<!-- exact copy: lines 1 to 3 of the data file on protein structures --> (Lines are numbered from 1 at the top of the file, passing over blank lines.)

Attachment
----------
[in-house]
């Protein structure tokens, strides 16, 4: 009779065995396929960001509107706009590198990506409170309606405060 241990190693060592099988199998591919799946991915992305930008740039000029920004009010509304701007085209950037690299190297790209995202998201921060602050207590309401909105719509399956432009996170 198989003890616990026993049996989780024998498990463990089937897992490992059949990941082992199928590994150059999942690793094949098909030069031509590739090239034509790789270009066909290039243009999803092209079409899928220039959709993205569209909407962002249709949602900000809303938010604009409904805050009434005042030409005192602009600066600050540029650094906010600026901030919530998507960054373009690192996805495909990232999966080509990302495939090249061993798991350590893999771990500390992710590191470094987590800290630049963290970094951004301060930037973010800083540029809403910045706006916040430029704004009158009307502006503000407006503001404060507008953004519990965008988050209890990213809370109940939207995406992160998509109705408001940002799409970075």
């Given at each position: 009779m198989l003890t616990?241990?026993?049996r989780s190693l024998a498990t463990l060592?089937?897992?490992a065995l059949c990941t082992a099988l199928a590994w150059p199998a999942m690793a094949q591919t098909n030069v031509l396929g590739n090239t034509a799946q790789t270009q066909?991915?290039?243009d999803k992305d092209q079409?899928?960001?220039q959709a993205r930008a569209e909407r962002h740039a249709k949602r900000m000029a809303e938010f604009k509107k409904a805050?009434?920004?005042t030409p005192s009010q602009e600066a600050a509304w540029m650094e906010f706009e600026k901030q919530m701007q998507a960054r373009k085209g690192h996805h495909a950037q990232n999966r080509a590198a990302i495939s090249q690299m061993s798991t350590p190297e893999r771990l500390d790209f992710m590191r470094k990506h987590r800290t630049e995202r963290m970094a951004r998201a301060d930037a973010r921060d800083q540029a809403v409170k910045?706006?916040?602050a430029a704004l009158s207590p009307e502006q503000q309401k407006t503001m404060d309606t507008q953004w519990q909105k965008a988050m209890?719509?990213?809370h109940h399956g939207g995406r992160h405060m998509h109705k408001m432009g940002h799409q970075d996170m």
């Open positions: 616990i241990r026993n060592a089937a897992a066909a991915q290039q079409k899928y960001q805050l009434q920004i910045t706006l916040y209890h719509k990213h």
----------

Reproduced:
[in-house]
């Protein structure tokens, strides 16, 4: 009779065995396929960001509107706009590198990506409170309606405060 241990190693060592099988199998591919799946991915992305930008740039000029920004009010509304701007085209950037690299190297790209995202998201921060602050207590309401909105719509399956432009996170 198989003890616990026993049996989780024998498990463990089937897992490992059949990941082992199928590994150059999942690793094949098909030069031509590739090239034509790789270009066909290039243009999803092209079409899928220039959709993205569209909407962002249709949602900000809303938010604009409904805050009434005042030409005192602009600066600050540029650094906010600026901030919530998507960054373009690192996805495909990232999966080509990302495939090249061993798991350590893999771990500390992710590191470094987590800290630049963290970094951004301060930037973010800083540029809403910045706006916040430029704004009158009307502006503000407006503001404060507008953004519990965008988050209890990213809370109940939207995406992160998509109705408001940002799409970075």
């Given at each position: 009779m198989l003890t616990?241990?026993?049996r989780s190693l024998a498990t463990l060592?089937?897992?490992a065995l059949c990941t082992a099988l199928a590994w150059p199998a999942m690793a094949q591919t098909n030069v031509l396929g590739n090239t034509a799946q790789t270009q066909?991915?290039?243009d999803k992305d092209q079409?899928?960001?220039q959709a993205r930008a569209e909407r962002h740039a249709k949602r900000m000029a809303e938010f604009k509107k409904a805050?009434?920004?005042t030409p005192s009010q602009e600066a600050a509304w540029m650094e906010f706009e600026k901030q919530m701007q998507a960054r373009k085209g690192h996805h495909a950037q990232n999966r080509a590198a990302i495939s090249q690299m061993s798991t350590p190297e893999r771990l500390d790209f992710m590191r470094k990506h987590r800290t630049e995202r963290m970094a951004r998201a301060d930037a973010r921060d800083q540029a809403v409170k910045?706006?916040?602050a430029a704004l009158s207590p009307e502006q503000q309401k407006t503001m404060d309606t507008q953004w519990q909105k965008a988050m209890?719509?990213?809370h109940h399956g939207g995406r992160h405060m998509h109705k408001m432009g940002h799409q970075d996170m």